Saying that someone shouldn't be fired based on their sexuality isn't by any means radical nowadays. In Michigan, 29 municipalities have passed non-discrimination laws in the last few weeks. Yet, Gov. Rick Snyder won't say for sure whether he thinks firing someone for being gay is wrong. He's been dodging questions about this lately, and on Thursday he and several reporters had this run-around:
Reporter: Is it acceptable in Michigan that someone can be fired from their job because they are gay or perceived as gay?
Snyder: Well again, in terms of people being fired for no good reason, again, that's always an issue, that shouldn't happen.
Reporter: Is being fired because you're gay or perceived as gay one of those issues?
Snyder: Again, you have issues where you want to see people have an opportunity to have a career.
Reporter: But when you say "no good reason," is being gay a good reason to be fired?
Snyder: Well again, that's a broad statement, so it'd depend on the particular facts of the situation. That's a hypothetical, that's very general in that context.
Reporter: People are being fired because they're gay though, that's not hypothetical. An employer can do that. That's not a hypothetical situation, that's a real situation...
Snyder: The question is how should government be involved in that process and how active, so again that's where I'm happy to work with the legislature as they're willing to look at those kind of issues.
All that commotion and fuss, to say nothing at all kinda seems like he actually has a position on this but is too afraid of what people would say.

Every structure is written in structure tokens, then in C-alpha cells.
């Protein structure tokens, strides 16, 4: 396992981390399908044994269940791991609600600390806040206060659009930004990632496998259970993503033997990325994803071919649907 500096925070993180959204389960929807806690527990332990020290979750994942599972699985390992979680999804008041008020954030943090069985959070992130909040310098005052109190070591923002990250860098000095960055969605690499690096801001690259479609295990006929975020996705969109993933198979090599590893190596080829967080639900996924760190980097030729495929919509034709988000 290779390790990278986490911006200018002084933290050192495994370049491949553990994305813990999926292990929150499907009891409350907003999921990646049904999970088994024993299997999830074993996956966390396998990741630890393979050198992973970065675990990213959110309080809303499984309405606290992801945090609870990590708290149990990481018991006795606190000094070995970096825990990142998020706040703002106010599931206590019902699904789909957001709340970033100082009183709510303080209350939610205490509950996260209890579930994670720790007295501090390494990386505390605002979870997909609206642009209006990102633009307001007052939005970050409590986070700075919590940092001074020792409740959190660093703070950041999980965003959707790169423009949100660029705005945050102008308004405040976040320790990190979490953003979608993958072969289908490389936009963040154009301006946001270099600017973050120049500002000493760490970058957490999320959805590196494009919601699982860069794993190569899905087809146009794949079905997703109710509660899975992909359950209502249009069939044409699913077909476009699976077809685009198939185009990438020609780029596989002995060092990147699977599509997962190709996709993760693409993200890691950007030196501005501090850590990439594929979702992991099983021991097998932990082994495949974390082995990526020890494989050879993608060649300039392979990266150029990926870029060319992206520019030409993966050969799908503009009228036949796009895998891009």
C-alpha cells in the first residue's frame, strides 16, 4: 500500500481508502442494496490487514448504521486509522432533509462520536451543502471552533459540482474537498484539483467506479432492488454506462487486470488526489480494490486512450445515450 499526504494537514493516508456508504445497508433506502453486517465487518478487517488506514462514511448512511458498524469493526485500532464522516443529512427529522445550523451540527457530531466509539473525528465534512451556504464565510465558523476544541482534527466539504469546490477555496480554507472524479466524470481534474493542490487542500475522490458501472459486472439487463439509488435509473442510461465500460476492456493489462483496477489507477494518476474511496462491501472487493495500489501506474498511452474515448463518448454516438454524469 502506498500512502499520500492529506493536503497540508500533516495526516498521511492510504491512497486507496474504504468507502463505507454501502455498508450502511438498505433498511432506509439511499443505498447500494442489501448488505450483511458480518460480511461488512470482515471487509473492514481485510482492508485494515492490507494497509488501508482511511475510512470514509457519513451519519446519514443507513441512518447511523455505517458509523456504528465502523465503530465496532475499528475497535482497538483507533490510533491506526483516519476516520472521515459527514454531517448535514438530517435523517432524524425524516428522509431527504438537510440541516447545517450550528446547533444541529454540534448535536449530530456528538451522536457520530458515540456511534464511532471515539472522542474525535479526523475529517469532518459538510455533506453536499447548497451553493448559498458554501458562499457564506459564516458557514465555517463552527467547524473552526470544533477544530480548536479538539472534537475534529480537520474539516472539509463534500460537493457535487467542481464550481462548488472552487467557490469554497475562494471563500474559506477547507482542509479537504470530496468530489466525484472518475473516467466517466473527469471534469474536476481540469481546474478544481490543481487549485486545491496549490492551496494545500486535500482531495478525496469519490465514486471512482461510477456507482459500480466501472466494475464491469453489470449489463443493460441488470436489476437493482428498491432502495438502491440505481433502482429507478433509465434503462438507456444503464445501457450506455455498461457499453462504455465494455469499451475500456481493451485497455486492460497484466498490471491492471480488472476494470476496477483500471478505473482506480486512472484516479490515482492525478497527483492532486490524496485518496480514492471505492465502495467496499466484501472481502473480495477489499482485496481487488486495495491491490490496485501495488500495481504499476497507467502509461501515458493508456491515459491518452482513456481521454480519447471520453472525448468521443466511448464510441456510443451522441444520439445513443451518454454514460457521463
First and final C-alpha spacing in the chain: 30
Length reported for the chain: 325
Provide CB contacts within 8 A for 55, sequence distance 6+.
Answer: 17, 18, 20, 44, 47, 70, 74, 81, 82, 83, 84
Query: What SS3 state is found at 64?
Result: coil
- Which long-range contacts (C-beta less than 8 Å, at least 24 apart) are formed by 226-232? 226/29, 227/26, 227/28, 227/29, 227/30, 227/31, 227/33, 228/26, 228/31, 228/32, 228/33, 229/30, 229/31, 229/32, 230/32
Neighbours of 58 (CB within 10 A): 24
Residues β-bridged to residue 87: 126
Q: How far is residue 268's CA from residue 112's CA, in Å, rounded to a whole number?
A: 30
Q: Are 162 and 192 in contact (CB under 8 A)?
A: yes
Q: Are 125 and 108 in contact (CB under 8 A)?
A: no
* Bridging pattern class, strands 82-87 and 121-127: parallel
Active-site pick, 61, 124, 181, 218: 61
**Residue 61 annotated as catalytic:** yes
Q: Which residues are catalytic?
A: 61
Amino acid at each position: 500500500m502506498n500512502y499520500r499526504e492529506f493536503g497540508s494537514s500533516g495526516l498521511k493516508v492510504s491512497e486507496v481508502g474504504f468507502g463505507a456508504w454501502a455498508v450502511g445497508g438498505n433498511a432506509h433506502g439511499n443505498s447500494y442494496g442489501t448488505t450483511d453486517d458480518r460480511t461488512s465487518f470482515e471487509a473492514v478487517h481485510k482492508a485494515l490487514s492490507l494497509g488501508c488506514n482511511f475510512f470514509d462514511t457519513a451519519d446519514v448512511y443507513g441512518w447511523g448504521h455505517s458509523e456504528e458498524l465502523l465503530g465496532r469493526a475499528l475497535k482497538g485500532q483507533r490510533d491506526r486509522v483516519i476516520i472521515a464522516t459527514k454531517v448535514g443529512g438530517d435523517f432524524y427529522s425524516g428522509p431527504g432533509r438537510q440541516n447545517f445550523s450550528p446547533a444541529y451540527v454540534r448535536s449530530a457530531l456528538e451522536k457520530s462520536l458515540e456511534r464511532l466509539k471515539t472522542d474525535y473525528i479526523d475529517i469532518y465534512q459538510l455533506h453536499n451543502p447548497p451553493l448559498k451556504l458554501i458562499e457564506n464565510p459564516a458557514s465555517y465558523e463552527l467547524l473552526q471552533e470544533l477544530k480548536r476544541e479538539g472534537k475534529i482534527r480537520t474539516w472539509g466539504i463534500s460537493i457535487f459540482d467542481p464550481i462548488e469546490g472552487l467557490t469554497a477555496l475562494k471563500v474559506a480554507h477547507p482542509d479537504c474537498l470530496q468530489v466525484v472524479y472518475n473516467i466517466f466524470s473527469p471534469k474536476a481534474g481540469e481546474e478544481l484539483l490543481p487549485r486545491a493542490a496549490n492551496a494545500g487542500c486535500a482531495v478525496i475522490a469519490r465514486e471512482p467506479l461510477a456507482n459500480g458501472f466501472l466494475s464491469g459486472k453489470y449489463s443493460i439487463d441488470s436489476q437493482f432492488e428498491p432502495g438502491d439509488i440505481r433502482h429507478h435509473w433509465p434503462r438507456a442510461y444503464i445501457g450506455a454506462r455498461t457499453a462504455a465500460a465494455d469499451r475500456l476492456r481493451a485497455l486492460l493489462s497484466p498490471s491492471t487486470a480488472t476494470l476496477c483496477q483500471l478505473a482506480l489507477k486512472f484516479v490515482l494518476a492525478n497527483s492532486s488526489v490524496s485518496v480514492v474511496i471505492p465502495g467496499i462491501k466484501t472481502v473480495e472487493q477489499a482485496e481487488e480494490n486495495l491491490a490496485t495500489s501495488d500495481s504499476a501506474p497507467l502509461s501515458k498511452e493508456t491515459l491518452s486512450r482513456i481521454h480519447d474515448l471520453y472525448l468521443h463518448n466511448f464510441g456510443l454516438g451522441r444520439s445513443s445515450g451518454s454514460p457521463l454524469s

The main voice opposing these non-discrimination laws is the Midland-based American Family Association of Michigan, which says that the "policies discriminate against people who don't support homosexuality," MLive reports. The American Family Association, despite having a nice-sounding name, is a anti-gay group whose spokespeople have said things like that Matthew Shepard's murder was a complete fraud, that gay activists are Nazi stormtroopers, and that the Boy Scouts are now the "Boy Sodomizers of America" because they voted to lift the ban on gay scouts.
Why would Snyder want to align himself with those guys? Well, Snyder has his eye on 2016 — "Hopefully, I'm a reasonable model for people to look at across the country," he said in September — and is in the same boat as New Jersey Gov. Chris Christie. Both of them, along with any Republican running in 2016, have to walk a tightrope where being more anti-gay than your opponent is generally seen as the strategy heading into the primary where conservative voters dictate the nominee. In the general election, being more pro-gay is the key.
"At this point in time I've got a number of other things that I've had as priorities," Snyder said. One of those priorities might just be 2016.